Go Down

Topic: Reverse polarity protection on the MEGA ADK (where's the fuse?) (Read 481 times) previous topic - next topic

boggydew

Hi,

Can anyone explain the logic behind the reverse polarity protection circuit for the MEGA ADK.  It appears to be missing a fuse.  A reversed supply of greater than 1 amp will destroy the diode and then the voltage regulator in quick succession.

Moreover, even if the diode survives, the voltage across it will be between 0.6 and 1.1v (depending on the current),  exceeding the absolute maximum negative Vin for the LM2736 which is -0.5V.


Wawa

The Mega 2560 has a protection diode in series with + of the DC jack. No fuse needed.
The Mega ADK seems to have that diode between + to ground.
Seen many things with a protection like that completely blown and charred.
Best to never rely on that sort of reverse protection aye.
Leo..

DrAzzy

The correct wiring is clearly to have the diode in series with the positive side of the supply....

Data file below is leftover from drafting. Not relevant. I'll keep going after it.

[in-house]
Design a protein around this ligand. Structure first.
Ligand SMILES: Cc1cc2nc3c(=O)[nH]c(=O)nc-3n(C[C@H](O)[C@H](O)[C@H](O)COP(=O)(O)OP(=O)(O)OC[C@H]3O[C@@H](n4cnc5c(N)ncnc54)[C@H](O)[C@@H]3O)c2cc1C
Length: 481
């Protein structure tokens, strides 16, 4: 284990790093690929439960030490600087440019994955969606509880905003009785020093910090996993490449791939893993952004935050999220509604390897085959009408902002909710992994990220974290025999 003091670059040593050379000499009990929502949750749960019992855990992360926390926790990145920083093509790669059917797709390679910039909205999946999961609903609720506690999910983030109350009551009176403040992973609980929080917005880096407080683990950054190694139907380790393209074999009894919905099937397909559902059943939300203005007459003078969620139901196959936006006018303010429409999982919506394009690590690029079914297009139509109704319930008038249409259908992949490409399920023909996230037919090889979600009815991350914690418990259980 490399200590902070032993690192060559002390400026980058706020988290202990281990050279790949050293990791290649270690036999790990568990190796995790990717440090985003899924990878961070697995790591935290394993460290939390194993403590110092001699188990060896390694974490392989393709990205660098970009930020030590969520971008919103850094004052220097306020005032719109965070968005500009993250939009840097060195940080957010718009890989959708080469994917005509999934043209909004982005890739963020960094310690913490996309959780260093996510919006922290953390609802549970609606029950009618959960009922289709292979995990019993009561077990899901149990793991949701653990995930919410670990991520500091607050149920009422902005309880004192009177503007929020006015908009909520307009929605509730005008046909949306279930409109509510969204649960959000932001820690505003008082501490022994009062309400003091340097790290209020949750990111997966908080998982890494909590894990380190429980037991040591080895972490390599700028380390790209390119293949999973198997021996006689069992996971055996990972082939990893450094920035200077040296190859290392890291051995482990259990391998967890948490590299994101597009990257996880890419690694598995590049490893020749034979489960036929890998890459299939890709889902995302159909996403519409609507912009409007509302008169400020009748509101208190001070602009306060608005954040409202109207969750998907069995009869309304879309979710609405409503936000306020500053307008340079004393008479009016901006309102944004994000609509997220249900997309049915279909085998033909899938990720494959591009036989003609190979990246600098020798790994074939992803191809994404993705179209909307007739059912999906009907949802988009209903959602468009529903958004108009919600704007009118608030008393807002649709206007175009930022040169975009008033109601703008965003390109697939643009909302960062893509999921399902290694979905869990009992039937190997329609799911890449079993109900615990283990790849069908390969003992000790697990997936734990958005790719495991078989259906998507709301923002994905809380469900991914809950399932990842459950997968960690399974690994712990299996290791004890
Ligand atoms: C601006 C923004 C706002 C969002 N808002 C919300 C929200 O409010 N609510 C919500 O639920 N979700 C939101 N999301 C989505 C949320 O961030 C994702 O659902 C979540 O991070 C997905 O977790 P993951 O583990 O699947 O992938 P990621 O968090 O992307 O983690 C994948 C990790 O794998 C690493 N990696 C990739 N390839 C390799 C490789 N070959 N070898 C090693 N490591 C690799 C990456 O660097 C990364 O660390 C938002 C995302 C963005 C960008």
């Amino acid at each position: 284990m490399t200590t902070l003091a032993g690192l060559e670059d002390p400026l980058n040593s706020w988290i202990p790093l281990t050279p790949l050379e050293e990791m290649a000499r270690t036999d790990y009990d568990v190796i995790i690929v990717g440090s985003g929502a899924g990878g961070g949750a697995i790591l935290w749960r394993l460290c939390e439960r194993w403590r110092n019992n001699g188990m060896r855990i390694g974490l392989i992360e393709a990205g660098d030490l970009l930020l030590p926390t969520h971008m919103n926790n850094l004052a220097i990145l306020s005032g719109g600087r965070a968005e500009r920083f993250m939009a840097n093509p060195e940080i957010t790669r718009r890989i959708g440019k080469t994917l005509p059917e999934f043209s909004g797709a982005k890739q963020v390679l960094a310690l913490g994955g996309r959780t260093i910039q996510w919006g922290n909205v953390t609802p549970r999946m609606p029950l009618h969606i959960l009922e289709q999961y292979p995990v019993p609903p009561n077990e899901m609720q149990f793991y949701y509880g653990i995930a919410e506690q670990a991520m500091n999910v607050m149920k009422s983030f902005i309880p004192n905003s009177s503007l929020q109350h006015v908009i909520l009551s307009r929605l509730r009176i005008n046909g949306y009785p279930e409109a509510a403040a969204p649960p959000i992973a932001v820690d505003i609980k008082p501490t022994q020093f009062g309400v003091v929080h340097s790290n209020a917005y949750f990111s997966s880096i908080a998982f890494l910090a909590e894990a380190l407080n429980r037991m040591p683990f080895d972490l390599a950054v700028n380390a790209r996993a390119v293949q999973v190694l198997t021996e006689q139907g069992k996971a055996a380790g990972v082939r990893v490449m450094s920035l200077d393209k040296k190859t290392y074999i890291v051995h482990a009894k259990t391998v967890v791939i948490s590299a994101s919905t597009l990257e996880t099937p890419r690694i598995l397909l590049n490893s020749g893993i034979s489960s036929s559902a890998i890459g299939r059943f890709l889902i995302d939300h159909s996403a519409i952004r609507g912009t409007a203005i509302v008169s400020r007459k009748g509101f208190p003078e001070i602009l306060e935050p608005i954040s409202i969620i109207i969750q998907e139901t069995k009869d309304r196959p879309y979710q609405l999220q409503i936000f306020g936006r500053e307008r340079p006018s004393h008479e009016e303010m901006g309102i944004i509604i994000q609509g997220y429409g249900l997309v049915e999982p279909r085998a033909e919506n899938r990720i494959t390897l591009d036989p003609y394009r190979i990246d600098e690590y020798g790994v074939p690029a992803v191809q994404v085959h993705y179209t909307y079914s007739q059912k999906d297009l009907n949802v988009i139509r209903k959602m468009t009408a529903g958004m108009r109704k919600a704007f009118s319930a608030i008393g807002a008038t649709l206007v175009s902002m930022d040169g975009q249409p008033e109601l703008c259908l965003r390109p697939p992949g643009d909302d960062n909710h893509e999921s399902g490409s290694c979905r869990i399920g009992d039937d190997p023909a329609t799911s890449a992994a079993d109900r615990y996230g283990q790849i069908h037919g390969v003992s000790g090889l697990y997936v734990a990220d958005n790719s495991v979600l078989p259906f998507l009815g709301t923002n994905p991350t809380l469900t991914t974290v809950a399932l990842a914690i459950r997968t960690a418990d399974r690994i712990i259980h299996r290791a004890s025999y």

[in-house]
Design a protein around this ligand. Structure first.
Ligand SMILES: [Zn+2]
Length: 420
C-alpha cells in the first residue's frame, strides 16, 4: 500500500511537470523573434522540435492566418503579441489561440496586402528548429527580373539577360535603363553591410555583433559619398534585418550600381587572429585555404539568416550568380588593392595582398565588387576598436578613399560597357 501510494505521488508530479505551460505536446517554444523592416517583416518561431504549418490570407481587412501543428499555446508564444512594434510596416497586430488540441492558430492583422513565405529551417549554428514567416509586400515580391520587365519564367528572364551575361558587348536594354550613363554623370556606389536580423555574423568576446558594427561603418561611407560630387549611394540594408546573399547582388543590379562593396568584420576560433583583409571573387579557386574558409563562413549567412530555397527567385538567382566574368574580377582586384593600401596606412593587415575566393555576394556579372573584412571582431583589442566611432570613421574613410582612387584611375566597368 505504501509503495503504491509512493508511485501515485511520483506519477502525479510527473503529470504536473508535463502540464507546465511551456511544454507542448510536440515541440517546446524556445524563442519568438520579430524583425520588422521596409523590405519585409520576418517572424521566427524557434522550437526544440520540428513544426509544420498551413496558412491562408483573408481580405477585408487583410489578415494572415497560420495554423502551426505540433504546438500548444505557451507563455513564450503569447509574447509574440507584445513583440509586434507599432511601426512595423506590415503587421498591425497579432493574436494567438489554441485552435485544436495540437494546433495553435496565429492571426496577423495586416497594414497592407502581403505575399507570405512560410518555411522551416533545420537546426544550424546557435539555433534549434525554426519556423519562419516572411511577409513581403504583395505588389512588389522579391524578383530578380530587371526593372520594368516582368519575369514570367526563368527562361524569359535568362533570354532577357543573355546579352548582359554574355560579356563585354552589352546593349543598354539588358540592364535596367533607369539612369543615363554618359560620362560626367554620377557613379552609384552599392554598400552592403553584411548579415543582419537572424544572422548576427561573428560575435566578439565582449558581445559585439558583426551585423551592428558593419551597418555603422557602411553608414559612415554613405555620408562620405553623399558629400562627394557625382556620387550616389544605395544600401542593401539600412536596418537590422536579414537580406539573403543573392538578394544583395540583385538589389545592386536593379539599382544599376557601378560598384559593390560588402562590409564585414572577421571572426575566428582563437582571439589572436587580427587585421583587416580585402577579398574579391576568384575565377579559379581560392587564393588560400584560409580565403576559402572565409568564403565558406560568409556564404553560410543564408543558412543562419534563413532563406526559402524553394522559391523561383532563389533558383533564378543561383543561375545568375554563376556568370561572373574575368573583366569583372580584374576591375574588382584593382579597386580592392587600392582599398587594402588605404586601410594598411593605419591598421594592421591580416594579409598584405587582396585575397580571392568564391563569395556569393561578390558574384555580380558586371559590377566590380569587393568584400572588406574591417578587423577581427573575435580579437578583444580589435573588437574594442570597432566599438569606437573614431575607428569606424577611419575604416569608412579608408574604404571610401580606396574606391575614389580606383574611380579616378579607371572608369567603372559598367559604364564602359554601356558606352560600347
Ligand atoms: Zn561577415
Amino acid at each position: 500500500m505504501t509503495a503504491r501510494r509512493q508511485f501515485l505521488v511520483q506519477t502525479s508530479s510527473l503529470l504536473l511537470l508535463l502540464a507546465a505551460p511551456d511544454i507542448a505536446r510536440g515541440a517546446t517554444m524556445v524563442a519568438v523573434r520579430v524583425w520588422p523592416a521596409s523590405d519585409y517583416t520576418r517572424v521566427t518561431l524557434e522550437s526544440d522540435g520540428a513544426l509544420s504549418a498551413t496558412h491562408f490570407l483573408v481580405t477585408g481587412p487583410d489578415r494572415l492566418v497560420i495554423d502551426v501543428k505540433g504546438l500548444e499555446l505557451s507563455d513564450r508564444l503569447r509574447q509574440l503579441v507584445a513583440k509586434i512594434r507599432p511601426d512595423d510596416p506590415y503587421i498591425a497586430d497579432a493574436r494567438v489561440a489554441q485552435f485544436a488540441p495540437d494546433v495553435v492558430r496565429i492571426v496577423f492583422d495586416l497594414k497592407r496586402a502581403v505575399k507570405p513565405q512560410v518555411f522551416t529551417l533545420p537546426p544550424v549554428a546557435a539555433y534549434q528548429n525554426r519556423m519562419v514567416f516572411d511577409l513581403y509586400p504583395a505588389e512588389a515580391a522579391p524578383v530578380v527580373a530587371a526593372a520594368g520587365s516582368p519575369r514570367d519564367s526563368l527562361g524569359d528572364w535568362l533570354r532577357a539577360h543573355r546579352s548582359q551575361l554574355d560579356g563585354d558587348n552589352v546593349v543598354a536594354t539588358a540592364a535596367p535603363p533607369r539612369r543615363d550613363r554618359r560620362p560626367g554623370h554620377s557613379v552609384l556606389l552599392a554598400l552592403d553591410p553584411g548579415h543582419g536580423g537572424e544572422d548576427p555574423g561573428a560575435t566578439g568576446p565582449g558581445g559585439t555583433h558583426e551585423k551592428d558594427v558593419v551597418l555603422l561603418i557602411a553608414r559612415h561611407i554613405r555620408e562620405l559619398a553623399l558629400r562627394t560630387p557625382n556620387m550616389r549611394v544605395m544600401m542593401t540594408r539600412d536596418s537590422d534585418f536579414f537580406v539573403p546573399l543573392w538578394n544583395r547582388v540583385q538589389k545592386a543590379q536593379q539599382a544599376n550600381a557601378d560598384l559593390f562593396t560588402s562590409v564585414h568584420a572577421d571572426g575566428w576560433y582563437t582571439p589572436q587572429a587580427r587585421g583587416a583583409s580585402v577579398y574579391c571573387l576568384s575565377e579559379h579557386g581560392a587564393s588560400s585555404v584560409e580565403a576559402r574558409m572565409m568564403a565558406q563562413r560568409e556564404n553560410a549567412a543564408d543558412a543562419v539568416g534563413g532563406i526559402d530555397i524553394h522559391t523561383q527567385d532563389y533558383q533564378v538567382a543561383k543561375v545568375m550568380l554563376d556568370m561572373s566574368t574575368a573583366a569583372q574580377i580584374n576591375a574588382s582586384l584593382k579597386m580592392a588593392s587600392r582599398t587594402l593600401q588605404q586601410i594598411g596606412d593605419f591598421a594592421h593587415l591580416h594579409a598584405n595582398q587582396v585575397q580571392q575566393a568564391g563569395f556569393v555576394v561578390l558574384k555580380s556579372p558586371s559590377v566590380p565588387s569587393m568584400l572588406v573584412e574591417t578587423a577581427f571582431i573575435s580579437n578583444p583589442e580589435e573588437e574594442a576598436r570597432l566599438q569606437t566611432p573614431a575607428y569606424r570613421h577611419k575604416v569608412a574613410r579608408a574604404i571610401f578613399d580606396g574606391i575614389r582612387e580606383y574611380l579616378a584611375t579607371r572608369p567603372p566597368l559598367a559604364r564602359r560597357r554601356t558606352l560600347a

The crow-bar solution to reverse polarity doesn't seem to make much sense, as the supply will generally be able to put out enough current to blow the poor diode to kingdom come, after which it can freely destroy the rest of the board at it's liesure. Is it really wired with the diode like that? x_x
ATtiny core for 841+1634+828 and x313/x4/x5/x61/x7/x8 series Board Manager:
http://drazzy.com/package_drazzy.com_index.json
ATtiny breakouts (some assembled), mosfets and awesome prototyping board in my store http://tindie.com/stores/DrAzzy

boggydew

Yes it is really wired like that.

I downloaded the eagle files just to confirm the schematic and the copper doesn't lie.

https://www.arduino.cc/en/Main/ArduinoBoardMegaADK?from=Main.ArduinoBoardADK

https://www.arduino.cc/en/uploads/Main/ADK_MEGA_2560-Rev2-sch.pdf

It's quite bizarre. What are the chances of a comment from the board designer?

Cheers.

Grumpy_Mike

Quote
What are the chances of a comment from the board designer?
Zero point zero zero.

My guess is the thinking is that the diode where they put it does not limit the current into the Arduino normally and does not drop any voltage either. The "protection" comes from the power supply you plug into it going into current limit. Also it is not that easy to blow a 1A diode, with a 1A load it will take some time over heating. Anyway that is my guess, I am not saying I agree with it.

Go Up